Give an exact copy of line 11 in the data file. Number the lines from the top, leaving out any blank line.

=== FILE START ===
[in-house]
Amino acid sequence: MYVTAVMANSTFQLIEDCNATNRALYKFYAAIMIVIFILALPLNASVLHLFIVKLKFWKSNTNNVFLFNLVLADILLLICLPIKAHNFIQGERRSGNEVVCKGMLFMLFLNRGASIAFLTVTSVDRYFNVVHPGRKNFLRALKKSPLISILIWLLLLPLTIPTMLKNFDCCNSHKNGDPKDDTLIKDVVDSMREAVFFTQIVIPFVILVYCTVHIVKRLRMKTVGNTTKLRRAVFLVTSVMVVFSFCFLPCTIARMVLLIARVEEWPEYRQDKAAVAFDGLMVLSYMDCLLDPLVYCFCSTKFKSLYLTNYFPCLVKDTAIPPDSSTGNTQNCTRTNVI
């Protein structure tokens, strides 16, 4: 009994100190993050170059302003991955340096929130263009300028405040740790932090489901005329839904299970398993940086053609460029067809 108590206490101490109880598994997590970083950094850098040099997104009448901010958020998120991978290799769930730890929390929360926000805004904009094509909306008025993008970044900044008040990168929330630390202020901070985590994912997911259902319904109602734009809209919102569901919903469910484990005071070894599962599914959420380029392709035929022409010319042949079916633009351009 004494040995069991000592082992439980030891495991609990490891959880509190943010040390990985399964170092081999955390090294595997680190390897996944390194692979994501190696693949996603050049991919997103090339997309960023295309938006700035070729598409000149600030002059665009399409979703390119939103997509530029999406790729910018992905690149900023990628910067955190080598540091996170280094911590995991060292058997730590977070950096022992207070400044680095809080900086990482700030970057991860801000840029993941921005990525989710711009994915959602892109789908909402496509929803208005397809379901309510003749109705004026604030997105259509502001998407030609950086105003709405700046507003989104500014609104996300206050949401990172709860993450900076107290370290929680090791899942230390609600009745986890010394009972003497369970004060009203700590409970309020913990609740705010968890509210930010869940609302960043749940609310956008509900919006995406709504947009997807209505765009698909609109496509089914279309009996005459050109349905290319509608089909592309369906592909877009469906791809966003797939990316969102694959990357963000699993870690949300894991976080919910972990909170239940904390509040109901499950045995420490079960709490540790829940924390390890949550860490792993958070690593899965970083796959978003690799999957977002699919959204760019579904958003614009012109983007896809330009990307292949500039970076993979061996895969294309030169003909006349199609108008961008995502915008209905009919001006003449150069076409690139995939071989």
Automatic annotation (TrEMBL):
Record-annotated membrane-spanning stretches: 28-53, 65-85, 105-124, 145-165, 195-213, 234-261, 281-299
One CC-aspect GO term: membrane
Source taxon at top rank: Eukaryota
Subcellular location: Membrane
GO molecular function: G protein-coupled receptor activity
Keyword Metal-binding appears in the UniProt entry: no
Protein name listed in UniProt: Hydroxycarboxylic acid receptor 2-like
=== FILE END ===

Protein name listed in UniProt: Hydroxycarboxylic acid receptor 2-like